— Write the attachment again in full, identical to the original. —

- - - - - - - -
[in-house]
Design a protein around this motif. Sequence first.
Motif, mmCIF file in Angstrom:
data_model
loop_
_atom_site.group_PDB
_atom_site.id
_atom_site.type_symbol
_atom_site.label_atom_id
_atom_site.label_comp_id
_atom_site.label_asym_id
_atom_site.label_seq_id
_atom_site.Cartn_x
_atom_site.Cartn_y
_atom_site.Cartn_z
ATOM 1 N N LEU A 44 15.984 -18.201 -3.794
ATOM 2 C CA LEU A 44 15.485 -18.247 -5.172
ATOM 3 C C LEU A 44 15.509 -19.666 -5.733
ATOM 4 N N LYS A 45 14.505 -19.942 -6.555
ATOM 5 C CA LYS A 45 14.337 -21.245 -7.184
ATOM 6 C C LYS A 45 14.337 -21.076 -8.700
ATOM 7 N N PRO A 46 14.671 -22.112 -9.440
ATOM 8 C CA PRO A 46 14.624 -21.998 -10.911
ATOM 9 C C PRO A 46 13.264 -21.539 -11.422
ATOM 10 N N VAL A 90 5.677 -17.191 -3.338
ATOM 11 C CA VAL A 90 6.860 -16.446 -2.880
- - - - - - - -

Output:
[in-house]
Design a protein around this motif. Sequence first.
Motif, mmCIF file in Angstrom:
data_model
loop_
_atom_site.group_PDB
_atom_site.id
_atom_site.type_symbol
_atom_site.label_atom_id
_atom_site.label_comp_id
_atom_site.label_asym_id
_atom_site.label_seq_id
_atom_site.Cartn_x
_atom_site.Cartn_y
_atom_site.Cartn_z
ATOM 1 N N LEU A 44 15.984 -18.201 -3.794
ATOM 2 C CA LEU A 44 15.485 -18.247 -5.172
ATOM 3 C C LEU A 44 15.509 -19.666 -5.733
ATOM 4 N N LYS A 45 14.505 -19.942 -6.555
ATOM 5 C CA LYS A 45 14.337 -21.245 -7.184
ATOM 6 C C LYS A 45 14.337 -21.076 -8.700
ATOM 7 N N PRO A 46 14.671 -22.112 -9.440
ATOM 8 C CA PRO A 46 14.624 -21.998 -10.911
ATOM 9 C C PRO A 46 13.264 -21.539 -11.422
ATOM 10 N N VAL A 90 5.677 -17.191 -3.338
ATOM 11 C CA VAL A 90 6.860 -16.446 -2.880